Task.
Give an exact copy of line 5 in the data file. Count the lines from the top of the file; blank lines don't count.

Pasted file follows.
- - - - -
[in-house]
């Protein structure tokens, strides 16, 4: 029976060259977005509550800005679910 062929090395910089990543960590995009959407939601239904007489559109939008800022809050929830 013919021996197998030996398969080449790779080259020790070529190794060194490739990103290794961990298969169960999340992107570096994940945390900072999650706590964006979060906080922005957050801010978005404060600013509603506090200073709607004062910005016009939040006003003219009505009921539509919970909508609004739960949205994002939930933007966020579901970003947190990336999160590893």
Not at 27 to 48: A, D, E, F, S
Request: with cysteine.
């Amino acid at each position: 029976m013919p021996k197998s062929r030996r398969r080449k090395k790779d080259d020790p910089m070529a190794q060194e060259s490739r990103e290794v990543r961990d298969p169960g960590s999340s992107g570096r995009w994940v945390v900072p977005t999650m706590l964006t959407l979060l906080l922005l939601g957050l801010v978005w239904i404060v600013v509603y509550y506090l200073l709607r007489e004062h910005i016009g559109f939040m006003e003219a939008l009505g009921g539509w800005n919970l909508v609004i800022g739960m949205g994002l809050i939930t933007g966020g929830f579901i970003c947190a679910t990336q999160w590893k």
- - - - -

């Amino acid at each position: 029976m013919p021996k197998s062929r030996r398969r080449k090395k790779d080259d020790p910089m070529a190794q060194e060259s490739r990103e290794v990543r961990d298969p169960g960590s999340s992107g570096r995009w994940v945390v900072p977005t999650m706590l964006t959407l979060l906080l922005l939601g957050l801010v978005w239904i404060v600013v509603y509550y506090l200073l709607r007489e004062h910005i016009g559109f939040m006003e003219a939008l009505g009921g539509w800005n919970l909508v609004i800022g739960m949205g994002l809050i939930t933007g966020g929830f579901i970003c947190a679910t990336q999160w590893k």